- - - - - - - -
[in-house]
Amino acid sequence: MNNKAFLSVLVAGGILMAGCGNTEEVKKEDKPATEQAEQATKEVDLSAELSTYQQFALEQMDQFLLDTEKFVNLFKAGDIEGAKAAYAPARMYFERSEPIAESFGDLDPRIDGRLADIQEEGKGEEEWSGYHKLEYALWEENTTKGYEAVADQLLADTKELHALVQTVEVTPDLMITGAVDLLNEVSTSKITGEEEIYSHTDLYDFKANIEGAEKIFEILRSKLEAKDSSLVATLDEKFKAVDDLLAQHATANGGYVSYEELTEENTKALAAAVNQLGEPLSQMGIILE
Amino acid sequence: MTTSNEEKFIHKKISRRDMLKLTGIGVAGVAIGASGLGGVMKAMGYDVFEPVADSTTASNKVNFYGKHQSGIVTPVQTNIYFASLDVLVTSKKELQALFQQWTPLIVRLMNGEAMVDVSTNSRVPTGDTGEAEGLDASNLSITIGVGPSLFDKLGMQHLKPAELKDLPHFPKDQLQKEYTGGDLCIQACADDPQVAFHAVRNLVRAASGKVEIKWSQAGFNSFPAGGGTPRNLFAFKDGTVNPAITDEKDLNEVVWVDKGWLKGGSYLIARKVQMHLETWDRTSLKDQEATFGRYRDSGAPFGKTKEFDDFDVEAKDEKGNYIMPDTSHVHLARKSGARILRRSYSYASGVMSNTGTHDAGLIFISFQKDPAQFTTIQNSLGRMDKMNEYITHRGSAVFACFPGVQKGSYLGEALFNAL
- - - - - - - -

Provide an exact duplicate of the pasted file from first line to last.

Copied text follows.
[in-house]
Amino acid sequence: MNNKAFLSVLVAGGILMAGCGNTEEVKKEDKPATEQAEQATKEVDLSAELSTYQQFALEQMDQFLLDTEKFVNLFKAGDIEGAKAAYAPARMYFERSEPIAESFGDLDPRIDGRLADIQEEGKGEEEWSGYHKLEYALWEENTTKGYEAVADQLLADTKELHALVQTVEVTPDLMITGAVDLLNEVSTSKITGEEEIYSHTDLYDFKANIEGAEKIFEILRSKLEAKDSSLVATLDEKFKAVDDLLAQHATANGGYVSYEELTEENTKALAAAVNQLGEPLSQMGIILE
Amino acid sequence: MTTSNEEKFIHKKISRRDMLKLTGIGVAGVAIGASGLGGVMKAMGYDVFEPVADSTTASNKVNFYGKHQSGIVTPVQTNIYFASLDVLVTSKKELQALFQQWTPLIVRLMNGEAMVDVSTNSRVPTGDTGEAEGLDASNLSITIGVGPSLFDKLGMQHLKPAELKDLPHFPKDQLQKEYTGGDLCIQACADDPQVAFHAVRNLVRAASGKVEIKWSQAGFNSFPAGGGTPRNLFAFKDGTVNPAITDEKDLNEVVWVDKGWLKGGSYLIARKVQMHLETWDRTSLKDQEATFGRYRDSGAPFGKTKEFDDFDVEAKDEKGNYIMPDTSHVHLARKSGARILRRSYSYASGVMSNTGTHDAGLIFISFQKDPAQFTTIQNSLGRMDKMNEYITHRGSAVFACFPGVQKGSYLGEALFNAL